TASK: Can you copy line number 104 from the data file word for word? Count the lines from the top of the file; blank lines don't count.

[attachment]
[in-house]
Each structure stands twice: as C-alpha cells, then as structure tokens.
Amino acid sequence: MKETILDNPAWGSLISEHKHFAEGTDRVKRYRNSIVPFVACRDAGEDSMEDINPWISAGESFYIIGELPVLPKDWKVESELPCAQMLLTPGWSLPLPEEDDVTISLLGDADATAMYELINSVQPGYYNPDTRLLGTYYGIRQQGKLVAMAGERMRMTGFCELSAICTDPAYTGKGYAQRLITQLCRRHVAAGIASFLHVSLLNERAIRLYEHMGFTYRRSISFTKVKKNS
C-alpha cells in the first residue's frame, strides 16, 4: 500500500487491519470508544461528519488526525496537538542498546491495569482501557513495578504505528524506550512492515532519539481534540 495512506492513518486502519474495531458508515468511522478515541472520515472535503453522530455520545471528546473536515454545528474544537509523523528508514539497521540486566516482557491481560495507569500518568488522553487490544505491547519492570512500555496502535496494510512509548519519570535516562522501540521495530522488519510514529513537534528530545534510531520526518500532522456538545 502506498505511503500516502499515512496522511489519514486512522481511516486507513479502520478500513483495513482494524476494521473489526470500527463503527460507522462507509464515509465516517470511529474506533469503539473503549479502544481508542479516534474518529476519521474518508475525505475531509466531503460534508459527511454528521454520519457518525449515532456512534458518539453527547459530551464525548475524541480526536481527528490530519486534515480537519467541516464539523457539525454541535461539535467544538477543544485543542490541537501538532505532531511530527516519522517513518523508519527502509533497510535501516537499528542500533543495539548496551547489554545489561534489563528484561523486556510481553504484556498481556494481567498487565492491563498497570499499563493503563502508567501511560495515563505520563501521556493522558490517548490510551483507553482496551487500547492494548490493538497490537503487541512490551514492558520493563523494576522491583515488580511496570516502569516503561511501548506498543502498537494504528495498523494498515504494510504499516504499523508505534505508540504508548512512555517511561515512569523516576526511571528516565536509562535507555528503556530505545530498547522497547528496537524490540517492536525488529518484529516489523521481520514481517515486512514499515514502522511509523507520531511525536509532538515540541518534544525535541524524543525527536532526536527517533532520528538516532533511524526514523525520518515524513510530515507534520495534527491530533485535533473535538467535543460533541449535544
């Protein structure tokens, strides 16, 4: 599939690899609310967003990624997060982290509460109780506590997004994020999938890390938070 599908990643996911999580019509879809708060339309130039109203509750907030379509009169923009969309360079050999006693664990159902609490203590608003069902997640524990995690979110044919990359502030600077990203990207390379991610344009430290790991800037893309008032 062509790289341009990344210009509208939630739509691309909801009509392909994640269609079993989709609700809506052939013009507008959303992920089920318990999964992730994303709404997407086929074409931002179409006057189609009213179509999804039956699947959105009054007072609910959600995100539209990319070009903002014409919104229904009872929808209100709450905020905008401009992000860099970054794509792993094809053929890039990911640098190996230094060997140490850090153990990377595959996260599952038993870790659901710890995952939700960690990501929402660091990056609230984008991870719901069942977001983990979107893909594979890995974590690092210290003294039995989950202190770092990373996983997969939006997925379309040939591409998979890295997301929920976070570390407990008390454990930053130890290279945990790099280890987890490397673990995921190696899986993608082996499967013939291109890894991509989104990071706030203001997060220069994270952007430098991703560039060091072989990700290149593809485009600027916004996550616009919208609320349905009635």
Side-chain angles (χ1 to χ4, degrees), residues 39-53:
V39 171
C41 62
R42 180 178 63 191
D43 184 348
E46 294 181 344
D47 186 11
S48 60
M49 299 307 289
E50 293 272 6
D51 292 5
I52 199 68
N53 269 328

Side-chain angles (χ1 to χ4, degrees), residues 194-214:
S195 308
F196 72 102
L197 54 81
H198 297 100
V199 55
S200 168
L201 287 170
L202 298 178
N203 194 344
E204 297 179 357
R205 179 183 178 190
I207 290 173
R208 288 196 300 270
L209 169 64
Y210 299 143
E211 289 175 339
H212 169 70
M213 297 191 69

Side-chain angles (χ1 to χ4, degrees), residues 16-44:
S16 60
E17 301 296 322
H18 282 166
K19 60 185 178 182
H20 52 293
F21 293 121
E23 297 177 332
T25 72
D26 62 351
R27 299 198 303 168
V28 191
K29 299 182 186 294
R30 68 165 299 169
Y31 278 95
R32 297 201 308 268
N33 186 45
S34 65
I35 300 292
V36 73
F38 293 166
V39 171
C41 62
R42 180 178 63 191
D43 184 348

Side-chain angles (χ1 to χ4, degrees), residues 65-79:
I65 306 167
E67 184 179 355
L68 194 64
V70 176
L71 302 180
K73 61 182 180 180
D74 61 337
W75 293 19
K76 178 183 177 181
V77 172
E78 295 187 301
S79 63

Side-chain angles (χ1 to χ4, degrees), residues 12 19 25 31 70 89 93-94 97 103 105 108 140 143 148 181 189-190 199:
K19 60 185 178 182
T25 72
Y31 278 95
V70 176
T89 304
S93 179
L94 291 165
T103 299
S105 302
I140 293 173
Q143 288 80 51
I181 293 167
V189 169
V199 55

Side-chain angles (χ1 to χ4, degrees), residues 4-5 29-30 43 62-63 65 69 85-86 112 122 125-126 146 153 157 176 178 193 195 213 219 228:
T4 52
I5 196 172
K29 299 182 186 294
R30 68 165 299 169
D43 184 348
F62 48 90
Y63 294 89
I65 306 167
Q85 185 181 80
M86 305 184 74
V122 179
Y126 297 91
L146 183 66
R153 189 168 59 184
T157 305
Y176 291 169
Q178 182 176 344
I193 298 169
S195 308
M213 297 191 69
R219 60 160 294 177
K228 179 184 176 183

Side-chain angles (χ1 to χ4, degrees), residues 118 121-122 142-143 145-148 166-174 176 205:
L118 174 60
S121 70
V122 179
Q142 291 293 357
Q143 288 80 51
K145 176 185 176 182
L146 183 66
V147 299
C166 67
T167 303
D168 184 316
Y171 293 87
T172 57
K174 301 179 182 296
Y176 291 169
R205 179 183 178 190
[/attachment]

L146 183 66